Lockdown Emissions Drop Will Have No Effect on Climate. But the Right Recovery Could

A green recovery that invests in low carbon technologies, avoids fossil fuel lock-in, and cuts global emissions to net-zero by 2050 could put the planet on track to meeting the Paris Agreement goals and curbing climate change.

Figure a (left) is annual mean daily emissions from 1970–2019 (black line). The red line shows the daily emissions up to end of April 2020 estimated here. Figure b, is daily CO2 emissions in 2020 (red line, as in Figure a). (Le Quéré, et al. / Nature Climate Change)

(CN) — A study released Friday by the University of Leeds warns that though the sudden reduction of greenhouse gas emissions and air pollutants during the Covid-19 lockdown is a good sign, it’s unlikely to lead to lasting impact on climate change. But if strong climate policy changes are implemented as part of an economic recovery plan, future warming could be halved in the next decade.

Carbon dioxide, nitrogen oxide and other emissions have fallen between 10 and 30% globally since February 2020 due to the massive behavioral shifts seen during lockdown. Despite this, the study predicts only a tiny impact on the climate by 2030, mainly because the decrease in emissions from confinement measures is temporary.

The team’s findings, published today in Nature Climate Change, predict that if post-COVID pollution returns to previous levels, there will be only 0.02 degree Fahrenheit reduction in global warming rates by 2030. But the study’s model also shows that a pathway with a strong green stimulus, investing around 1.2% of global GDP in low carbon technologies, and including climate policy measures, could prevent just over half a degree of additional warming by 2050.

Study lead author Professor Piers Forster, director of the Priestley International Centre for Climate at Leeds and principal investigator of the EU’s CONSTRAIN consortium, said, “The choices made now could give us a strong chance of avoiding 0.3 degrees Celsius (0.54 degrees Fahrenheit) of additional warming by mid-century, halving the expected warming under current policies. This could mean the difference between success and failure when it comes to avoiding dangerous climate change.”

Researchers analyzed the global mobility data from Google and Apple. They calculated how 10 different greenhouse gases and air pollutants changed between February and June 2020 in 123 countries. The team developed a simple set of assumptions to estimate how lockdown emissions changes translated into temperature change — the direct effect of global lockdown on climate.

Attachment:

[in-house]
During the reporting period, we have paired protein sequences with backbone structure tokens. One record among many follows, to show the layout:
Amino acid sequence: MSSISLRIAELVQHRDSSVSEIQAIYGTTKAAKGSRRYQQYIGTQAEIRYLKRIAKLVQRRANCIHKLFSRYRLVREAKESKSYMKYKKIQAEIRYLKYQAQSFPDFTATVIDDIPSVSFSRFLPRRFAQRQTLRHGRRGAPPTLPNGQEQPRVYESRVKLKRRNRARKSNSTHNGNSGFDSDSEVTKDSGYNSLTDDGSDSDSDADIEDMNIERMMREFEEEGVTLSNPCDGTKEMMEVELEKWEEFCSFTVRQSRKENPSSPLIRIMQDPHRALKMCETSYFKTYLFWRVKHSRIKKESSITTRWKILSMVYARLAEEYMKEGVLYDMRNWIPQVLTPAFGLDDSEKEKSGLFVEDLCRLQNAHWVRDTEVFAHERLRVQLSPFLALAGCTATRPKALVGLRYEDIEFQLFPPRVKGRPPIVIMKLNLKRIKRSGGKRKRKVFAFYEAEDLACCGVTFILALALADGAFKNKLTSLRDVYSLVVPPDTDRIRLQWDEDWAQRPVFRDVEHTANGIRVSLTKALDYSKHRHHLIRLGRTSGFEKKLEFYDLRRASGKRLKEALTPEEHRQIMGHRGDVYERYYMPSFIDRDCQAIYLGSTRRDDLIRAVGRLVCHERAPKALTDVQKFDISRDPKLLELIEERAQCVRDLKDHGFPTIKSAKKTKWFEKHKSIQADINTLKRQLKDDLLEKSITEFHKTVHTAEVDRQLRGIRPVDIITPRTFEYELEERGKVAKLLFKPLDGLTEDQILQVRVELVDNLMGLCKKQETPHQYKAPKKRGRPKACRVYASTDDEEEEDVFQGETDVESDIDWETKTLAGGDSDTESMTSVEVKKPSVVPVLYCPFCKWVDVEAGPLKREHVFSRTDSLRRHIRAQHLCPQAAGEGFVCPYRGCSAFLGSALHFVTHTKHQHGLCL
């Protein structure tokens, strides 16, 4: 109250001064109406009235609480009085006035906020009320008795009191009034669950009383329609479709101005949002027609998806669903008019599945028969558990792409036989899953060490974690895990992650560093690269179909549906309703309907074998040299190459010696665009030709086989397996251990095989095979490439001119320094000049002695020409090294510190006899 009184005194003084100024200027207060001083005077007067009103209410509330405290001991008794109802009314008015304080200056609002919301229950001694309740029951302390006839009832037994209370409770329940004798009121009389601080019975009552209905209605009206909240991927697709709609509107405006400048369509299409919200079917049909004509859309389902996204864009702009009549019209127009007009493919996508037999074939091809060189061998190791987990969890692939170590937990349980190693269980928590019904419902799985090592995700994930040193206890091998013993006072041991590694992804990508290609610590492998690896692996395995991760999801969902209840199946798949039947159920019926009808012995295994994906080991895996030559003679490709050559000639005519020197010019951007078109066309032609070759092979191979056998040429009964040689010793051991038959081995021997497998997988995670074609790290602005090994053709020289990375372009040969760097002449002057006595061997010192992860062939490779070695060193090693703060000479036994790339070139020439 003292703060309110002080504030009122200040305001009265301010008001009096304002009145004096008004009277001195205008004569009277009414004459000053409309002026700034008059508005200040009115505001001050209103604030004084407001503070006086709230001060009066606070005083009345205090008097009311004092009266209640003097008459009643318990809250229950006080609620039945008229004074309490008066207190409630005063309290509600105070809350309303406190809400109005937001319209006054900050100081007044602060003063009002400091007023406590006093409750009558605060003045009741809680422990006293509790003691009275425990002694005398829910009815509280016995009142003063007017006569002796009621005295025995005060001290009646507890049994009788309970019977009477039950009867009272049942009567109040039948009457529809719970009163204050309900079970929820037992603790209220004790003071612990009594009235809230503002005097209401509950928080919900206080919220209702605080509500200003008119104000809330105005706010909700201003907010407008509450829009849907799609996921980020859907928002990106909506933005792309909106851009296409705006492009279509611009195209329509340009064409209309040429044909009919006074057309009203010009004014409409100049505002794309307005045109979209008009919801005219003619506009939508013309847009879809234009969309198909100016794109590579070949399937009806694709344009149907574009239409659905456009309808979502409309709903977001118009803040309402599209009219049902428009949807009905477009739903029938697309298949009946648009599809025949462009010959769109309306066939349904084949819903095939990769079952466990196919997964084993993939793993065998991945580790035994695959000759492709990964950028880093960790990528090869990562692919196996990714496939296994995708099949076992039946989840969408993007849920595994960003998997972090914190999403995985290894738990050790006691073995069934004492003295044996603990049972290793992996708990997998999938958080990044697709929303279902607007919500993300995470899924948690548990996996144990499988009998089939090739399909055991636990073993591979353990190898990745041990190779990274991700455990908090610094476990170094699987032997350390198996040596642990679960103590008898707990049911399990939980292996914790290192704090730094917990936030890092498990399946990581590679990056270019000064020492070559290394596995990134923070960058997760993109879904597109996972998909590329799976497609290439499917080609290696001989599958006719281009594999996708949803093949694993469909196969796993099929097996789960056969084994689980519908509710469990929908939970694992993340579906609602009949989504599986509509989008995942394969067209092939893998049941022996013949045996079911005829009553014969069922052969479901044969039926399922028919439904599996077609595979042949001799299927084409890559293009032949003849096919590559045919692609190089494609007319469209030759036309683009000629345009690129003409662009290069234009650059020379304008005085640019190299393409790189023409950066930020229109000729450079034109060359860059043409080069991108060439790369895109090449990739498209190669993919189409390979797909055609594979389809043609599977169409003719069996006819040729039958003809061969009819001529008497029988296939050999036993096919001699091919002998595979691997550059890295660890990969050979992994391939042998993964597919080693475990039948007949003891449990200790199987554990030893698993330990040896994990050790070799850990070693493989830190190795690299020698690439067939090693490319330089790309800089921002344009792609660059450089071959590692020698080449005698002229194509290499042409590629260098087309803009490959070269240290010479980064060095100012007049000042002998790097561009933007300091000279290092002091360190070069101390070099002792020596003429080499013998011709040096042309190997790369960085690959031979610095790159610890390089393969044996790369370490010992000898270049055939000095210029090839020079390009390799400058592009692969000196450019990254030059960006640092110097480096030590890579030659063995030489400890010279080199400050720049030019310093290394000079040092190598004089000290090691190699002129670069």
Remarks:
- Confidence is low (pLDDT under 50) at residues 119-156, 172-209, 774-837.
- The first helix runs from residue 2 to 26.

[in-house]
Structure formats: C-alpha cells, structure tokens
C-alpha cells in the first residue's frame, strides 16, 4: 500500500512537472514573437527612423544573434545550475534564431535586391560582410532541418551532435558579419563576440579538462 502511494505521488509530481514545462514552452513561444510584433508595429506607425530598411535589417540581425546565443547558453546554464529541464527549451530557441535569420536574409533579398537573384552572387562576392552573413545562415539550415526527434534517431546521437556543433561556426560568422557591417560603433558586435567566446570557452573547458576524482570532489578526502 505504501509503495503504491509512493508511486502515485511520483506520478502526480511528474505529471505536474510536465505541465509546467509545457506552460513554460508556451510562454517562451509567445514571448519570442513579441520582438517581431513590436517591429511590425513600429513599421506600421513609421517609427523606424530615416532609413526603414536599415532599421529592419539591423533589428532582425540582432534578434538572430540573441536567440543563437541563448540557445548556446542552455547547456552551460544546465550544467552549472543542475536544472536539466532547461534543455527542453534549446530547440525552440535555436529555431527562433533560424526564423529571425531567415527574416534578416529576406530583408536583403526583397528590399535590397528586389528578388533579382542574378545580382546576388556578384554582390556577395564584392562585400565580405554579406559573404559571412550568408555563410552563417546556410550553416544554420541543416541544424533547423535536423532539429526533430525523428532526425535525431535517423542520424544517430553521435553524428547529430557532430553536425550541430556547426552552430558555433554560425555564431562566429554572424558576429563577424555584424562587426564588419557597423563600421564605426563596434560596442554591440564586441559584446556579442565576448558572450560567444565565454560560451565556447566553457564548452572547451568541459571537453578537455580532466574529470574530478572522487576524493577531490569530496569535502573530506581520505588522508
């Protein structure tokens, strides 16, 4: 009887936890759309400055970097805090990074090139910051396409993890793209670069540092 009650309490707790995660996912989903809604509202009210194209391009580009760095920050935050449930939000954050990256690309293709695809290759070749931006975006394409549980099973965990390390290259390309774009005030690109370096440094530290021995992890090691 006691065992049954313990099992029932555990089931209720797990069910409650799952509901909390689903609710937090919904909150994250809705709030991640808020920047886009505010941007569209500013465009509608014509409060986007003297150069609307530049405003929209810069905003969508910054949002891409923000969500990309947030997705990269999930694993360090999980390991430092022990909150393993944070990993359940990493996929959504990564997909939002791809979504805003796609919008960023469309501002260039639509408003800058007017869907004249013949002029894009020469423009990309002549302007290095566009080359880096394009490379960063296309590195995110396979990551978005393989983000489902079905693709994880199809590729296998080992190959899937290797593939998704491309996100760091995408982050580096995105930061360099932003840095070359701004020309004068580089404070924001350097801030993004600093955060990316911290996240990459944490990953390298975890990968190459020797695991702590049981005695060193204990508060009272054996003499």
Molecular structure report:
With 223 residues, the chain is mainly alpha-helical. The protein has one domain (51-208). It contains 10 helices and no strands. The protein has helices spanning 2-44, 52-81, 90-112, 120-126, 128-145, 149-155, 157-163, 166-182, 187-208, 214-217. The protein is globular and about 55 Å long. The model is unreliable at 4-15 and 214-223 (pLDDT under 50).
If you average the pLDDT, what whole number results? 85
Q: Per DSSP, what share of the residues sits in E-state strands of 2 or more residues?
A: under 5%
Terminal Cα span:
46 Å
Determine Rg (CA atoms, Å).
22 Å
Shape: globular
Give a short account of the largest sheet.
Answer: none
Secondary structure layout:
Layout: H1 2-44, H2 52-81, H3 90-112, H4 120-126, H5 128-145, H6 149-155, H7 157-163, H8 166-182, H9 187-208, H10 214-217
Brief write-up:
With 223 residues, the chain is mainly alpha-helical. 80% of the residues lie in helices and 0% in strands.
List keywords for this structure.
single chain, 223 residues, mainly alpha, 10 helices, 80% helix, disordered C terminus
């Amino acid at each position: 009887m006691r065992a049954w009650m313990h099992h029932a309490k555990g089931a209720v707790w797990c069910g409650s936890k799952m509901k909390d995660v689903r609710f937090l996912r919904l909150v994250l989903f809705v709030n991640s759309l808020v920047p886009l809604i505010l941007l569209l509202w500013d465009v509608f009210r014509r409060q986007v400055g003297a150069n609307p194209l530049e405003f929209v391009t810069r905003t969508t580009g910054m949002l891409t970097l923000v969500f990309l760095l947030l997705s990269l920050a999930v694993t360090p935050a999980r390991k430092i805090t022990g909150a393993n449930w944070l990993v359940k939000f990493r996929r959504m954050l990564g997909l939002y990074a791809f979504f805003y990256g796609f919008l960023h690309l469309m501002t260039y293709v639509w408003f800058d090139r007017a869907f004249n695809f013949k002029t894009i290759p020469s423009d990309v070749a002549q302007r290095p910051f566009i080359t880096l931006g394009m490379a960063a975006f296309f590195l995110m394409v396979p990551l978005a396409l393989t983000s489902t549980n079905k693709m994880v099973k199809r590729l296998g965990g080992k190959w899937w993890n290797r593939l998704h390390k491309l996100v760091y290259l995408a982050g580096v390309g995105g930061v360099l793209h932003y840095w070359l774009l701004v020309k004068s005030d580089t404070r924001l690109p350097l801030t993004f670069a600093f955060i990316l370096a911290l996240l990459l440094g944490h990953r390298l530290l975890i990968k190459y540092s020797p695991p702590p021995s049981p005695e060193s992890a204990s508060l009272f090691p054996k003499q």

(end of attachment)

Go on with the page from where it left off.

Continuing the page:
These choices included economic recoveries driven by green stimulus packages or increasing reliance on fossil fuels, which were compared to a baseline reflecting a direct return to pre-Covid policies and associated emissions levels within the next two years.

In a model which assumed an additional 1.2% of GDP in low carbon technologies and reduced investment in fossil fuels, researchers predicted a 50% decrease in greenhouse gas emissions by 2030 and global net-zero CO2 by 2050.

The researchers concluded that investment choices in economic recovery will strongly affect the climate trajectory to mid-century. A green recovery that invests in low carbon technologies, avoids fossil fuel lock-in, and cuts global emissions to net-zero by 2050, would mean we avoid around 0.54 degrees Fahrenheit of warming by 2050 — half of the expected 1.08 degrees of warming under current policies.

Taking the Covid reset opportunity would also set the world on track to meet the Paris Agreement’s long-term temperature goal. In other words, avoiding the 0.54 degrees of warming could mean the difference between the world facing or avoiding dangerous climate change, according to the study.

Study co-author Matthew Gidden from Climate Analytics-Berlin said, “The lasting effect of Covid-19 on climate will not depend on what happens during the crisis, but what comes after. “Stimulus focused on green recovery and low-carbon investment can provide the economic kickstart needed while putting the world on track to meet climate pledges.”

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